You don't need the investing acumen of Warren Buffett or the riches of a trust fund baby to achieve financial success.
Small sums of money invested monthly in undervalued small-cap stocks offer hope for your greatest returns. They offer the best opportunities for growth because they're mostly ignored by the big investors.
Below we screen for stocks under $3 billion in market cap, offering earnings surprises of 15% or more in the previous quarter, with long-term earnings growth forecast to be at least 15%. We'll then filter our findings through the collective investing wisdom of the 180,000 members in our Motley Fool CAPS community.
Here are some of the stocks this simple screen found:
EPS Act. vs. Est.
Avg. Analyst 5-Yr. EPS Est.
CAPS Rating (out of 5)
Source: Yahoo.com and Motley Fool CAPS.
Of course, this is not a list of stocks to buy -- just a starting point for more research. We need to look more closely at these companies to see whether analysts' faith in them is well-founded.
A Dickensian scenario
Depending on where you look in the semiconductor industry, it's either the best of times or the worst of times. OK, that might be overstating it a bit (since no one seems to think things are "best" when it comes to chips), but Intel
Fortunately for investors in Axcelis Technologies, it's been more of the former than the latter in recent months. The company scored a big CMOS chip order in October from one of the world's largest device makers and followed that up this month with a follow-on order from a top semi manufacturer for one of its plasma dry strip systems that are used in making logic and image sensor devices.
With smartphones expected to account for 22% of global mobile device retail sales in 2012 -- they're an obvious outlet for image sensors -- Axcelis is positioned to capitalize on this still-growing trend, even as Intel and Texas Instruments stake their own claims in the space. Although analysts are divided over its prospects, 88% of the CAPS members rating Axcelis think it will beat the market averages, though the low, two-star rating they've assigned it suggests they, too, think there are better places for your money.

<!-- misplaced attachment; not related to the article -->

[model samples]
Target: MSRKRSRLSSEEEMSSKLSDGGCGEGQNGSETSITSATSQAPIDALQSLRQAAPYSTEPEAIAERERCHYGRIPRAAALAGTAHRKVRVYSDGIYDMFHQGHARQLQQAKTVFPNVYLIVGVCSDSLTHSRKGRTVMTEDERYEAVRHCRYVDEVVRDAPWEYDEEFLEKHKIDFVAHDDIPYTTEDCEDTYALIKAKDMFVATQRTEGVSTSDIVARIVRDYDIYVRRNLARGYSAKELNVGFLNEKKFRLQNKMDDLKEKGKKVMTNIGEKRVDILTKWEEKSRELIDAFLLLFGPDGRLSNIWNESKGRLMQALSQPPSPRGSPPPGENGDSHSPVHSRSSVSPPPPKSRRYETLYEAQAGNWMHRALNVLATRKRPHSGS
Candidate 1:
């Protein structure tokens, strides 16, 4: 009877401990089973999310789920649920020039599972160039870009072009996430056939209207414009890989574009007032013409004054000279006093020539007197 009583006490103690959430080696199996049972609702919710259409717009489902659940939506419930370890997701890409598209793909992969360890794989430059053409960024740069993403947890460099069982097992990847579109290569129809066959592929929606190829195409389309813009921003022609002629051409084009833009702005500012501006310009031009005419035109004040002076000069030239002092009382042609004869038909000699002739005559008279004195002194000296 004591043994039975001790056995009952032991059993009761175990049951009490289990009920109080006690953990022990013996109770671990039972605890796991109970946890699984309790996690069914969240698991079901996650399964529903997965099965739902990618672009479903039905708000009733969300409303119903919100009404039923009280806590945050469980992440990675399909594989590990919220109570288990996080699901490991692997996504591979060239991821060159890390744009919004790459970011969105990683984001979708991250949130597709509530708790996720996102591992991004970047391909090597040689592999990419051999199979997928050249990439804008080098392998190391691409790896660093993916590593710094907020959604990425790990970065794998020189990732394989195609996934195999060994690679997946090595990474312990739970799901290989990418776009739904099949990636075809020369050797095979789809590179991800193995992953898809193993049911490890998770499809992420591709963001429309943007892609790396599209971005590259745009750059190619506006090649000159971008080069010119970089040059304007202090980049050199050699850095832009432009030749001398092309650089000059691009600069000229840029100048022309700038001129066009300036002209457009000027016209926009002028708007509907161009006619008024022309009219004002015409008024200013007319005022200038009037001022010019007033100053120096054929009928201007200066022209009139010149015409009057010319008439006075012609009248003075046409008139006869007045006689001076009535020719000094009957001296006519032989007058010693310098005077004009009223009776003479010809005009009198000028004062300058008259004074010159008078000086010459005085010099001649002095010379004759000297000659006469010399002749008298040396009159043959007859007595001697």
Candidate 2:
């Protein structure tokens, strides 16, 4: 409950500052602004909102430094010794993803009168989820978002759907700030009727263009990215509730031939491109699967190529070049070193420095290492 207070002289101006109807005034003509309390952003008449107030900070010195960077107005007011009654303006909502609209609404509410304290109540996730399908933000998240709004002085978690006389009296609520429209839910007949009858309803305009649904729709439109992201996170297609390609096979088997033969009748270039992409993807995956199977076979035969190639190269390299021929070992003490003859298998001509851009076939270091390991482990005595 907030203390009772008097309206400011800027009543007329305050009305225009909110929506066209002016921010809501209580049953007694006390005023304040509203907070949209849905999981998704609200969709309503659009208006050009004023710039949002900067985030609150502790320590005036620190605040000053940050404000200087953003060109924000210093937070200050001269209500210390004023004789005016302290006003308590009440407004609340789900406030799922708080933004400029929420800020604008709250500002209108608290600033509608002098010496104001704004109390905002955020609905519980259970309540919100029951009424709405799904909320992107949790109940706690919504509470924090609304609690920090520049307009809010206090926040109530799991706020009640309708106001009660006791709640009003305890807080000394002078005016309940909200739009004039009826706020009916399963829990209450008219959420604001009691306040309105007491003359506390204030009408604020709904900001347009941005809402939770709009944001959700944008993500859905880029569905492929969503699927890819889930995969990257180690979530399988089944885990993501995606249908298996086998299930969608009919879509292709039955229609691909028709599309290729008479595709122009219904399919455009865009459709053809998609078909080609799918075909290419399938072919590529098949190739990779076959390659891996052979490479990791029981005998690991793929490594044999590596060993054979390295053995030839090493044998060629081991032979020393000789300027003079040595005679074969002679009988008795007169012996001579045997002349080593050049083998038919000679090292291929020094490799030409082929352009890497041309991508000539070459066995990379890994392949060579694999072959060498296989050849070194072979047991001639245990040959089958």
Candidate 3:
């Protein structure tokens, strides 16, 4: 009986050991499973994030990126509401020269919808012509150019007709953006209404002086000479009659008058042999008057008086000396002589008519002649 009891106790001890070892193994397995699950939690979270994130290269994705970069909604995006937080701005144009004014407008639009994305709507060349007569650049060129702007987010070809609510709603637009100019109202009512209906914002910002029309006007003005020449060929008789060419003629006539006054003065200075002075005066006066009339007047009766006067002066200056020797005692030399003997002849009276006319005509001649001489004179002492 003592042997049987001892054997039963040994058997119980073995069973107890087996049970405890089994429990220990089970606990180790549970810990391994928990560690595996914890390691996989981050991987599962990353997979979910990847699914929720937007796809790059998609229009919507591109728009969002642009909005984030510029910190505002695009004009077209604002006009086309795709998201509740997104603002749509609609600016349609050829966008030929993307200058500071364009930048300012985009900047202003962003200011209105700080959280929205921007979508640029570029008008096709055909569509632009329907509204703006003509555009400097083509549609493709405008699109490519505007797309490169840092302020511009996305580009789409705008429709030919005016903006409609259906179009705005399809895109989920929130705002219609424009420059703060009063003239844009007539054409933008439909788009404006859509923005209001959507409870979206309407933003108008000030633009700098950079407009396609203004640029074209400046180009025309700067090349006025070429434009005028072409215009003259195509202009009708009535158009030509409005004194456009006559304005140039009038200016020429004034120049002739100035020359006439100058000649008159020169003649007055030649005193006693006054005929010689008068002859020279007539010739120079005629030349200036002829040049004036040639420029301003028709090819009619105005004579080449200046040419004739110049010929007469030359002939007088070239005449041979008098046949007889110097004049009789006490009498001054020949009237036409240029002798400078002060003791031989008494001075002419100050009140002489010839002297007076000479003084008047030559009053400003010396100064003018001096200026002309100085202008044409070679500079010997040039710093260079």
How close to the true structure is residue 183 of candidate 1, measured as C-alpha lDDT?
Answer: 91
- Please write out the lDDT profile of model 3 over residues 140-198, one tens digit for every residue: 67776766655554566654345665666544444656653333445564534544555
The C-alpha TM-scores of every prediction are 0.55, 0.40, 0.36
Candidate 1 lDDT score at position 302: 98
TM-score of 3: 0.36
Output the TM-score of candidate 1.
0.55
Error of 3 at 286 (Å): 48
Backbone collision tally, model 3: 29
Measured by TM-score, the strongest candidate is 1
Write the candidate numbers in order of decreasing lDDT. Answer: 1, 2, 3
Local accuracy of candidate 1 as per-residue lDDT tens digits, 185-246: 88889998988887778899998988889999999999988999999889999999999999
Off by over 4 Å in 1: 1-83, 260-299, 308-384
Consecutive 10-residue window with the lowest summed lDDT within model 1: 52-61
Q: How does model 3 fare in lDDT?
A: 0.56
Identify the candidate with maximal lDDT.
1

An open book
Do investors have a closed mind when it comes to OpenTable? Except for one quarter where it pretty much just matched analyst expectations, the online reservation specialist has consistently beat the pros' best guesses -- yet the stock trades more than 60% below where it stood nearly a year ago.
Concerns over Google's
As the Fool's Rick Munarriz notes, with both OpenTable and Urbanspoon enjoying some heady growth even though dining out has become something of a luxury these days, we can expect to see larger gains in the future when the economy recovers.
Now it's time to pick up OPEN again at its depressed share price. OPEN has a huge advantage over other Internet flame-outs in (a) the high barrier to entry and (b) exclusivity. Two businesses cannot play at the restaurant reservation game; OPEN has a lock on this space.
Add OpenTable to the Fool's free portfolio tracker and tell us in the comments section below when you think investors will have an open mind again about its prospects.
Foolish final thoughts
These companies may have the odds stacked against them, but The Motley Fool has identified two stocks that are also facing difficult times yet still grow revenues hand over fist. The report is free, but it's only available for a short time, so ask for your copy today and find out the two cash kings that are changing the face of their industry.
Fool contributor Rich Duprey owns shares of Intel, but he holds no other position in any company mentioned. Click here to see his holdings and a short bio. The Motley Fool owns shares of Google, Intel, Texas Instruments, and OpenTable. Motley Fool newsletter services have recommended buying shares of Google, OpenTable, and Intel. Try any of our Foolish newsletter services free for 30 days. We Fools may not all hold the same opinions, but we all believe that considering a diverse range of insights makes us better investors. The Motley Fool has a disclosure policy.